Uneven Push Ups
Push-ups is a compound strengthening exercise that works multiple muscle groups at the same time. Just when you think you’ve mastered the push-up — surprise! Other variations pop up. You may be familiar with incline push ups or push ups, and even clap push ups, where you explode up from the ground to smack your hands together before lowering back down, but you’ve become aware of another version of this ever-varied exercise: the Uneven push-up. This is an advanced variation of the basic pushup, providing a more rigorous workout.
This push-up off-shoot is quite simple, really. You get into a regular push-up, but one hand is elevated on a higher surface while the other hand remains just slightly outside your shoulders on the ground. This position increases the challenge of the exercise for both your core — to keep you stable in the cocked position — and the shoulder, tricep and pecs of the side that remains on the ground. You don’t want to choose something taller than about 8 inches, as this will strain your shoulder joint and limit your range of motion. To increase the instability of the exercise and challenge the muscles of your core to fire extra hard, place one hand on a medicine ball or a balancing disc. For a real challenge, do an alternating uneven push-up with a medicine ball.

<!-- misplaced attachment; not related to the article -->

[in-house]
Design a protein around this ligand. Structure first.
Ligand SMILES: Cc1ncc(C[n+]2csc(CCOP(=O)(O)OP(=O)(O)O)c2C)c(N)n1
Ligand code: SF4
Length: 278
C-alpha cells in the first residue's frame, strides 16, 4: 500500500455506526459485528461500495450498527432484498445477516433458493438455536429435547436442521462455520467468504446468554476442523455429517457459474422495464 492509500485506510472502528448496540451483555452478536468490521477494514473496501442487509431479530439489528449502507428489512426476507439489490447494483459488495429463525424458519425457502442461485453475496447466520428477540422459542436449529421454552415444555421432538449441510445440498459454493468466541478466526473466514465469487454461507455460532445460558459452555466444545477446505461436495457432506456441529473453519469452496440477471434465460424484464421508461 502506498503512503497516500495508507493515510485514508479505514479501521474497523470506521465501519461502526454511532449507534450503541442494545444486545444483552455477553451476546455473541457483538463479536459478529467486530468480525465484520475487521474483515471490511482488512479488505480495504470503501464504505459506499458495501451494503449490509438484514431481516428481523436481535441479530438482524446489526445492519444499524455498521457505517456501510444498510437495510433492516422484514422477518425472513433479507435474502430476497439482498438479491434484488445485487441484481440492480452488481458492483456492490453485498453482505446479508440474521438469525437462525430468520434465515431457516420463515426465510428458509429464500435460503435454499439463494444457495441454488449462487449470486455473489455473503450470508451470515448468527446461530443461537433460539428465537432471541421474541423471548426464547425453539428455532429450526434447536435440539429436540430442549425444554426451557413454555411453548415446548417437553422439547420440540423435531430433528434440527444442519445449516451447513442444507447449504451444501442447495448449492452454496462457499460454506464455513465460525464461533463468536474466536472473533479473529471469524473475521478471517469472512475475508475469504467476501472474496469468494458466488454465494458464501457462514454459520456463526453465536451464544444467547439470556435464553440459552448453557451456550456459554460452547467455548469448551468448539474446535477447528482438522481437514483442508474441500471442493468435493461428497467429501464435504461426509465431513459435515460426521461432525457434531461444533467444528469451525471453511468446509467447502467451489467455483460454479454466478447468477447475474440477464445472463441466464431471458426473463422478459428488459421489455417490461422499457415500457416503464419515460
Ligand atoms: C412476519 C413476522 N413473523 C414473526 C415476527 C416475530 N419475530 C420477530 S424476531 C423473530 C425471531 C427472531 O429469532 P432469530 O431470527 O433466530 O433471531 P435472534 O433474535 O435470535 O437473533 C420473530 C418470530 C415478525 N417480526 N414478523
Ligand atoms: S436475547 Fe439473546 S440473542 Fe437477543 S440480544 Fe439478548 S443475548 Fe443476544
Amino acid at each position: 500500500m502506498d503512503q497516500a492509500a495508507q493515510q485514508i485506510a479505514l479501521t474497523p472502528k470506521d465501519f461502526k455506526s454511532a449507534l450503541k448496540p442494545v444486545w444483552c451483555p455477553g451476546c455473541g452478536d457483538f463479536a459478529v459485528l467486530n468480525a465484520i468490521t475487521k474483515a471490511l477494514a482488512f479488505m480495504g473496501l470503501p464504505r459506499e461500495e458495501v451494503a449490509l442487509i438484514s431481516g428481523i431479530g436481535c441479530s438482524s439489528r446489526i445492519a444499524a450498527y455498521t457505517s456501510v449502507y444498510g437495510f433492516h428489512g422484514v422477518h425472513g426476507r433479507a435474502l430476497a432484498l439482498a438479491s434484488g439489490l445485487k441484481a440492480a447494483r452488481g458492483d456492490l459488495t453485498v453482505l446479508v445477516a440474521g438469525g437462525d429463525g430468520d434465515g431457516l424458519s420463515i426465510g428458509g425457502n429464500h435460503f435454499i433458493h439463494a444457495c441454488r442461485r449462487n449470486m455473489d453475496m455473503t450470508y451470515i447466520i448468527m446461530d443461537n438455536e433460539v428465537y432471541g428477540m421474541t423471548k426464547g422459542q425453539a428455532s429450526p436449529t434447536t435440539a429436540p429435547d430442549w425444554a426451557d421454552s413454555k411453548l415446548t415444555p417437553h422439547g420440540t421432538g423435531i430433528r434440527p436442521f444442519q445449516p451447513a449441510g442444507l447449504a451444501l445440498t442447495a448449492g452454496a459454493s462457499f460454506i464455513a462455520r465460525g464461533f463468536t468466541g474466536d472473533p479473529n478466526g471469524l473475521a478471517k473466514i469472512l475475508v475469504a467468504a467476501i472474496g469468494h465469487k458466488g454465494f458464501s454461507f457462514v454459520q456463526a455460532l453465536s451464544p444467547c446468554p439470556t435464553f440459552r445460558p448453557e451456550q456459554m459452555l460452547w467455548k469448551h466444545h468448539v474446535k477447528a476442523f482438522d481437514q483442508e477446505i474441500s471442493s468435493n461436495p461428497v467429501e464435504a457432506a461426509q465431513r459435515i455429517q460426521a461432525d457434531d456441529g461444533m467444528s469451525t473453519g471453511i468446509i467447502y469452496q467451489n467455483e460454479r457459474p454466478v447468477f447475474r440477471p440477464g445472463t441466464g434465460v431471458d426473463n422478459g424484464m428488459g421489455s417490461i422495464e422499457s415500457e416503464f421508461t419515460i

Benefits of Uneven Push Ups
The shoulder is the most movable joint in your body. You use your shoulders to lift, push and pull objects. In comparison to other joints, your shoulders are vulnerable to dislocation or strain. Doing pushups strengthens connective tissue and muscles in your upper body, and helps you to avoid injuries. The uneven pushup allows for better overall "normal" push up performance:
- Uneven push-ups are done to improve the stability and train the upper body.
- Shoulders have a bigger range of motion giving them a challenge to widen the muscle.
- The Pectoralis Major, Serratus Anterior, Deltoids are the muscles to be benefited with this exercise.
Instead of a ball you can use more stable objects, like as bricks. However, a ball is preferable, as with the balancing you also train and strengthen the rotator cuffs. This is an important detail of the exercise, which allows you to prepare the rotator muscles for more serious stress. You can try using a hard/medicine ball, but there is no equal to the basketball and the convenience of being able to grab it in your hand.
How to Do Uneven Push Ups
Get into the classic pushup position; feet together, legs, hips and back aligned, and arms straight with the palms on the floor beneath your upper chest. With one arm firmly supporting you, place the other hand on the chosen tool. Both your hands should be directly below your shoulders for stability. It’s important to distribute your weight evenly. Once you have found your balance, do your best to evenly distribute your weight through both hands. At first this will not be easy, but persevere.
- As you breathe in, slowly bend at the elbows and shoulders until your chest touches the top of whichever hand is on the ball.